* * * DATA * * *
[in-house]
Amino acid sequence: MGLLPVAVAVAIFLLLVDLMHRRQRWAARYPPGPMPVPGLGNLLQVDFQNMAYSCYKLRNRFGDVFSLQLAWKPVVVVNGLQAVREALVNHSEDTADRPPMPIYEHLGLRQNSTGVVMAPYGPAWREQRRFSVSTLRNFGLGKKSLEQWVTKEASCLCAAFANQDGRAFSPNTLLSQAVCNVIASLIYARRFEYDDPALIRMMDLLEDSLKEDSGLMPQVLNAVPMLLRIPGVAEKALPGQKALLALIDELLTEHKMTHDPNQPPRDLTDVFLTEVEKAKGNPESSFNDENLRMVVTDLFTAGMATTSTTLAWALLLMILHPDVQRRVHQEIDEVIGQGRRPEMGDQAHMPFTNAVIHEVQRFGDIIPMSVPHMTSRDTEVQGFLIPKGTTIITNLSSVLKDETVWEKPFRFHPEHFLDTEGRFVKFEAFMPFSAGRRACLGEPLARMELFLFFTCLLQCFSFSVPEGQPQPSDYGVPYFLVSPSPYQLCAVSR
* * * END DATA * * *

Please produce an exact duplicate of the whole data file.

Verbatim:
[in-house]
Amino acid sequence: MGLLPVAVAVAIFLLLVDLMHRRQRWAARYPPGPMPVPGLGNLLQVDFQNMAYSCYKLRNRFGDVFSLQLAWKPVVVVNGLQAVREALVNHSEDTADRPPMPIYEHLGLRQNSTGVVMAPYGPAWREQRRFSVSTLRNFGLGKKSLEQWVTKEASCLCAAFANQDGRAFSPNTLLSQAVCNVIASLIYARRFEYDDPALIRMMDLLEDSLKEDSGLMPQVLNAVPMLLRIPGVAEKALPGQKALLALIDELLTEHKMTHDPNQPPRDLTDVFLTEVEKAKGNPESSFNDENLRMVVTDLFTAGMATTSTTLAWALLLMILHPDVQRRVHQEIDEVIGQGRRPEMGDQAHMPFTNAVIHEVQRFGDIIPMSVPHMTSRDTEVQGFLIPKGTTIITNLSSVLKDETVWEKPFRFHPEHFLDTEGRFVKFEAFMPFSAGRRACLGEPLARMELFLFFTCLLQCFSFSVPEGQPQPSDYGVPYFLVSPSPYQLCAVSR